When it comes to growing your savings, it’s the littlest things that can make the biggest difference. If you feel like you’ve been treading water and battling to break even, it might be time to rethink your savings strategy. We’ve got six savvy ways to help you put your best financial foot forward.
When it comes to payday, people often prioritise their bills before themselves. You don’t need an elaborate plan to future-proof your finances, all you need is an automatic direct debit, some patience and the discipline to go the distance. The first step in saving yourself is to set up an out-of-reach, high-interest savings account and an automatic direct debit every payday.
Top Tip: If you automatically put away $200 into a savings account every month for 40 years, you’d save an extra $415,000 by the time you hit retirement age – that’s more than most Australian’s have in their super accounts.
The marshmallow experiment
In the 60’s, a psychologist conducted a study on delayed gratification. Walter Mischel used marshmallows to test if kids could hold off eating one marshmallow immediately in favour of receiving two if they wait. The study aimed to understand why some people can resist the sweet cloud-like fluffiness of a solitary marshmallow for a delayed reward.
It’s human nature to reward yourself for a job well done and as you watch your savings grow, you’re going to need to resist temptation and find other ways to reward yourself. Avoiding instant gratification is the golden rule to stopping the splurge spend and the best way to do that is to stop, wait and watch.
If 6-year-olds can do it – so can you!
Top Tip: Replace instant gratification with looking forward to a reward. To make instant gratification less instant, try waiting 30 days before making any purchases that you would make on the spot. Instead of denying yourself gratification altogether, give yourself a goal or condition to achieve to ‘deserve’ your reward.
Cull the credit
Have you ever thought about whether you actually need a credit card? A lot of people keep their credit cards close for those ‘just in case’ moments, but how many times have you ‘just in case’ bought a pair of shoes you don’t really need? Gold and Platinum cards charge you hundreds of dollars every year in fees just for the privilege of exclusivity, so if your bottom line means more than the prestige, do yourself a favour and cull the credit. Ditch the credit card for a debit card. That way, you’re only spending what’s yours and your spending isn’t costing you extra interest.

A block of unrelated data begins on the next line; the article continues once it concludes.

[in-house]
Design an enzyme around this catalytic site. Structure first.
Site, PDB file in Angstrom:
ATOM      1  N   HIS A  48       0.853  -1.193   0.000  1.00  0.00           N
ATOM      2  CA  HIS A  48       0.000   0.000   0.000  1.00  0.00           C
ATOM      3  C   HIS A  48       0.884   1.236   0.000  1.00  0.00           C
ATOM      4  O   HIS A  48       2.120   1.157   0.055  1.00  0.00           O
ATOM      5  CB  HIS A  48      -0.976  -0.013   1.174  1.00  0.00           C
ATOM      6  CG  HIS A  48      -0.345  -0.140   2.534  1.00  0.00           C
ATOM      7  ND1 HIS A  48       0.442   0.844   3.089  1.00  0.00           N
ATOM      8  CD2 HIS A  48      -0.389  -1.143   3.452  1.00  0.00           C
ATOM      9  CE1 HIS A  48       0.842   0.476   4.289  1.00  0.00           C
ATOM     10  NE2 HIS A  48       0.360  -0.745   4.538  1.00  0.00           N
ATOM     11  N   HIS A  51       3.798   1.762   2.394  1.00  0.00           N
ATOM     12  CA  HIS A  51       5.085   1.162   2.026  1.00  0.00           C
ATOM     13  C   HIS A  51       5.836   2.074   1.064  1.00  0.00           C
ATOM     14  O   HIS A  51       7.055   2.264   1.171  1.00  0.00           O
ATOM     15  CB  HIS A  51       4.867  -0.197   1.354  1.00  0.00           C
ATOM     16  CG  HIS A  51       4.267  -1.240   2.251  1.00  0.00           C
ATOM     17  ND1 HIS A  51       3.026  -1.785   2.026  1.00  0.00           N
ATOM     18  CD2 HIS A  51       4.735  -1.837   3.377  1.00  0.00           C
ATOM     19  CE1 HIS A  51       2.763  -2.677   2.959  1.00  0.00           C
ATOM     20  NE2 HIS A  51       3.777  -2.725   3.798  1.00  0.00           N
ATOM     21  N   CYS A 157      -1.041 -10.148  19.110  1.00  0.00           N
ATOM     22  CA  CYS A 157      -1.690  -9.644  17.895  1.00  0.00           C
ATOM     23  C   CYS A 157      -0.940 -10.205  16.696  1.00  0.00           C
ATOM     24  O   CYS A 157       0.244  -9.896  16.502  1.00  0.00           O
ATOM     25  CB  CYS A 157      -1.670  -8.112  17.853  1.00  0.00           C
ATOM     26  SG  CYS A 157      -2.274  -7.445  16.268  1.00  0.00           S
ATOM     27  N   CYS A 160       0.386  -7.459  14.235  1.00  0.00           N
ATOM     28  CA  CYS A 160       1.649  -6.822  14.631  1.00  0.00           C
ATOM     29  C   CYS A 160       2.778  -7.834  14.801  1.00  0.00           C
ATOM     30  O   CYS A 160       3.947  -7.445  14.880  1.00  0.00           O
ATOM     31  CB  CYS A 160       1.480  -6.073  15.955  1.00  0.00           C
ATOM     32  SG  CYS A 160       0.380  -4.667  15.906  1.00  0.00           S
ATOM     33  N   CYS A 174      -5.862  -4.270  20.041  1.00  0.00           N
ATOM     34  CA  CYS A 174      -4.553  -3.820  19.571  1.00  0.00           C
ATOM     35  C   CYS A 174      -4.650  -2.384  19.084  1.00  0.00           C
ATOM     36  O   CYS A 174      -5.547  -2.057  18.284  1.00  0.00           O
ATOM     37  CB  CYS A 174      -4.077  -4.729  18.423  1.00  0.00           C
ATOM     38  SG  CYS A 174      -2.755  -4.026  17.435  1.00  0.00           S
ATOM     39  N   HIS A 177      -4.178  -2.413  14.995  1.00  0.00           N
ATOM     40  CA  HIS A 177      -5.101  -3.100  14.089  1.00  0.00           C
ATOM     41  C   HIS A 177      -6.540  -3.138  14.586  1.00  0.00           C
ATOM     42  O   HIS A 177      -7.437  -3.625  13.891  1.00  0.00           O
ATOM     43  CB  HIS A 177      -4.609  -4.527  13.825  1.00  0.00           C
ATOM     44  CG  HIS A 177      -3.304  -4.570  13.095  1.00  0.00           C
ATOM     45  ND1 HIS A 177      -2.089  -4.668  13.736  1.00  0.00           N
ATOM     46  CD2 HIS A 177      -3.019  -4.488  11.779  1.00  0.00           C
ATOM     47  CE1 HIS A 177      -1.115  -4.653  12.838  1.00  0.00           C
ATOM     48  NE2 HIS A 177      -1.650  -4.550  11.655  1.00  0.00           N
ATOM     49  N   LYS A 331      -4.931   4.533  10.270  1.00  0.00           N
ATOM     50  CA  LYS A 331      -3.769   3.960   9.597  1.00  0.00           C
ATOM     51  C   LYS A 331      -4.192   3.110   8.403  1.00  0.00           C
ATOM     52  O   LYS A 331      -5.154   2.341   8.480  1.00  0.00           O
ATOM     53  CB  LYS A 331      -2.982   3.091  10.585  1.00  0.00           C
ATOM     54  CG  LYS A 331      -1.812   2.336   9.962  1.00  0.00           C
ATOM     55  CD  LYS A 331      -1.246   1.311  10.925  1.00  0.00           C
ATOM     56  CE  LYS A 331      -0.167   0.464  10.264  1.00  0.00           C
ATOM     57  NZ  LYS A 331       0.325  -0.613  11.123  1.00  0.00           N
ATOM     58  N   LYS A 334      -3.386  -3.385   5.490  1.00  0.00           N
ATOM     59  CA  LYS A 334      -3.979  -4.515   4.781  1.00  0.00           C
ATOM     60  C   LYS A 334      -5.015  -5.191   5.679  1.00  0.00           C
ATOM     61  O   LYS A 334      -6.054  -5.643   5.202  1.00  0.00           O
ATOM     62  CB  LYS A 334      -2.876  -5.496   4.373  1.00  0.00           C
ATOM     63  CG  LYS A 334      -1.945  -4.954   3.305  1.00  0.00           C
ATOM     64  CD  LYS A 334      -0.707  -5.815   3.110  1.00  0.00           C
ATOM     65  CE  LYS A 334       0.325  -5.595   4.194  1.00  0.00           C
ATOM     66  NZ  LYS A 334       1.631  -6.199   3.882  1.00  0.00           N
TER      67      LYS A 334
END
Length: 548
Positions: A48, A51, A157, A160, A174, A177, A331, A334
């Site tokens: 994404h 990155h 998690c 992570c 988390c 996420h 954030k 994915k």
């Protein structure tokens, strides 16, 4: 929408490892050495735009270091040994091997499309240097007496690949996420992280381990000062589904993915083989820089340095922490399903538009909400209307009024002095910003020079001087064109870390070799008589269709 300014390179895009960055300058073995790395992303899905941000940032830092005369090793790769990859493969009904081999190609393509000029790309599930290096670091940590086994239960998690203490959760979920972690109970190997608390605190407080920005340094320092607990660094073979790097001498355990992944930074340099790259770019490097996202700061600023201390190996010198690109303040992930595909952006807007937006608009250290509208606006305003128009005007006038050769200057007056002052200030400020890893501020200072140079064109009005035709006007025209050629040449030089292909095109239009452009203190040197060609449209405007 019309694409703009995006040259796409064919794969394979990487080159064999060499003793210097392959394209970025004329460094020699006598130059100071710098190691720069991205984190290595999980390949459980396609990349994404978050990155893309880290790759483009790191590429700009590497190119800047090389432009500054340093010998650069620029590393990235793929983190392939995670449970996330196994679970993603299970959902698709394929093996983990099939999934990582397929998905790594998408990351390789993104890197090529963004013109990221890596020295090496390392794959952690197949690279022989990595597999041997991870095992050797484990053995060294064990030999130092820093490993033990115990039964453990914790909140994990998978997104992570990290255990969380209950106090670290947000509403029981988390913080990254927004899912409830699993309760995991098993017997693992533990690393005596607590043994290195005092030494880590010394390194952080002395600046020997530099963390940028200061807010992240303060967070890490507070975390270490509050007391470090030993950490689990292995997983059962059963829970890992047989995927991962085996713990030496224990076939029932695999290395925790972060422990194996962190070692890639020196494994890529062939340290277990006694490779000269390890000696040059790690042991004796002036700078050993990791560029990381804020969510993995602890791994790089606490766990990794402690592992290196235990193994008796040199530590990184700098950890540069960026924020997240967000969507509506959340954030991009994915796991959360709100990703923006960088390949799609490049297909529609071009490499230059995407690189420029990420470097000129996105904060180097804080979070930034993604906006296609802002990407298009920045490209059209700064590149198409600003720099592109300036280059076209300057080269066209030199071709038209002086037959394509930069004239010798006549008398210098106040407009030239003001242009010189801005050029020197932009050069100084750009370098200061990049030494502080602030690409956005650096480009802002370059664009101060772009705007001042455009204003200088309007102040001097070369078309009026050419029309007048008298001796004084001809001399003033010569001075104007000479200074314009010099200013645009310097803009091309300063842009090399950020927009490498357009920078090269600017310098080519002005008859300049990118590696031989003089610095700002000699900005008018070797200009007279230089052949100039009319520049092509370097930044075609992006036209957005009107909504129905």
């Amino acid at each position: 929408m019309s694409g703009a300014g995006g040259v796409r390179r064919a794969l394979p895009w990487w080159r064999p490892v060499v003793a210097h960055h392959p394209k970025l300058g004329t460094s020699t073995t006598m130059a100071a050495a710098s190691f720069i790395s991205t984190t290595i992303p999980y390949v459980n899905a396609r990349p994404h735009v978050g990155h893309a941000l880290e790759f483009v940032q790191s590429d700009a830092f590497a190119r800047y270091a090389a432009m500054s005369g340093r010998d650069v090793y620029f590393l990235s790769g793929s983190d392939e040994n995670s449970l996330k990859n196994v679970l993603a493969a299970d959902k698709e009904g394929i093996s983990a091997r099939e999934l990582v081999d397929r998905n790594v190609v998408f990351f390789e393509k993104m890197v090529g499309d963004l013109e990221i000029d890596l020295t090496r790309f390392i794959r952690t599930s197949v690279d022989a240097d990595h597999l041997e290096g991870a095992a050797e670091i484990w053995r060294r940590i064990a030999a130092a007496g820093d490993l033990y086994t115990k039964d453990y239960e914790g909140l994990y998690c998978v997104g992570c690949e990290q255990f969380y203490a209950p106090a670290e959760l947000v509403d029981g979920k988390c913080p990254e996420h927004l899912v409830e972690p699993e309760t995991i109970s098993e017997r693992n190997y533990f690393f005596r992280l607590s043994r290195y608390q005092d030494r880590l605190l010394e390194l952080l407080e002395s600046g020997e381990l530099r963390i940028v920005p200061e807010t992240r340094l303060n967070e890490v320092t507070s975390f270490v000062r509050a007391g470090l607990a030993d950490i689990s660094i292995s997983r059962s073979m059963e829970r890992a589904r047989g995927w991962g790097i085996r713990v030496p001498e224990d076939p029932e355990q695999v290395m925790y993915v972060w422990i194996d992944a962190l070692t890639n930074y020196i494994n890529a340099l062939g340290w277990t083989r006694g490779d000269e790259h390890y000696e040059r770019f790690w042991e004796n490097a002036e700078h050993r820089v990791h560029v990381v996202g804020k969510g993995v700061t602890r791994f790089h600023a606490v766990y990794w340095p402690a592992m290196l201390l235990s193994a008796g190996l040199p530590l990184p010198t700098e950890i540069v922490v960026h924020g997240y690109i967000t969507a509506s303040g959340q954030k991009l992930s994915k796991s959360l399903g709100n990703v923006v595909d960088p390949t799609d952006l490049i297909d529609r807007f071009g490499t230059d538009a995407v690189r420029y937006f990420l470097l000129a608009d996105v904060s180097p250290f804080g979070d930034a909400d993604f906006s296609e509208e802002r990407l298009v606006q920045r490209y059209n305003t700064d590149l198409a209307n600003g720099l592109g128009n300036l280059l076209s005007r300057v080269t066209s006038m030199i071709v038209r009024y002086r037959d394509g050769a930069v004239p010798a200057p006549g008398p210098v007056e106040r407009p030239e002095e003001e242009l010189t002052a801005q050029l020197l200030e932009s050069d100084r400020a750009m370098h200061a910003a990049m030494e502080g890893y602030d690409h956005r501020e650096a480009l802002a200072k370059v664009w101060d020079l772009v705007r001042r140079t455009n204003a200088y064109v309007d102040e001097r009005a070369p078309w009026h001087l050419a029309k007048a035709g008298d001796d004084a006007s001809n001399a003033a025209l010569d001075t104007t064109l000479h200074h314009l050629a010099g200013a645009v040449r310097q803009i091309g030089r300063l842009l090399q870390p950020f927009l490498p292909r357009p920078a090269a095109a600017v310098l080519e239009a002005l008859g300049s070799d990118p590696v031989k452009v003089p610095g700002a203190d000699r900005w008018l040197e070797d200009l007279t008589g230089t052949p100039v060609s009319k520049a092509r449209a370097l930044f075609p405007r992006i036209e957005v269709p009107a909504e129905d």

Top Tip: If you can’t live without your credit card, call your bank and adjust your limit in line with your monthly budget, that way there’s no way you can overspend.
The subscription suspension
From online newspapers and groceries to music streaming and exercise, these days, just about everything comes with a subscription. While you may think these are keeping your life healthy, they’re doing exactly the opposite to your budget. Take stock of your subscriptions and how often you actually use them, when you add up what they’re costing you each year; ask yourself if that money is better saved or spent?
Top Tip: Instead of paying for a full year’s membership, opt for pay as you go passes – that way you can budget better and pay for what you actually use.
Keep tabs on your spending
Until you know how much your discretionary spending is actually costing you, it’s impossible to know how and where to cut back. The good news is it’s getting easier to track this with the evolution of software and apps that you can download to monitor your habits. Use an app to get smart with your spending and keep tabs on all of your incidental items for a month.
Top Tip: Conduct a little study on yourself. For a couple of months, measure everything you spend. At the end of each month – tally up your total spending, make some decisions about what’s not essential and aim to reduce those non-staples by at least 10-20%. By holding yourself to account, you’ll be making additional repayments on your mortgage in no time.
Complacency will cost you, so get savvy with your spending and pay attention to your electricity, gas and water bill. Always be on the lookout for a better deal and as a matter of principle, never shy away from a negotiation. Take advantage of value bundles like phone and internet and home and car insurance deals. The same goes for clothes and groceries – wait for sales and don’t let convenience get the better of you, it always comes at a price.
Top Tip: If you’ve had your mortgage for a while, talk to your broker about a home loan health check. Simple things like refinancing or packing your loan with other products can save you thousands of dollars a year.
By following these six simple steps, you’ll soon see your savings soar and gain some ground towards achieving fitter finances.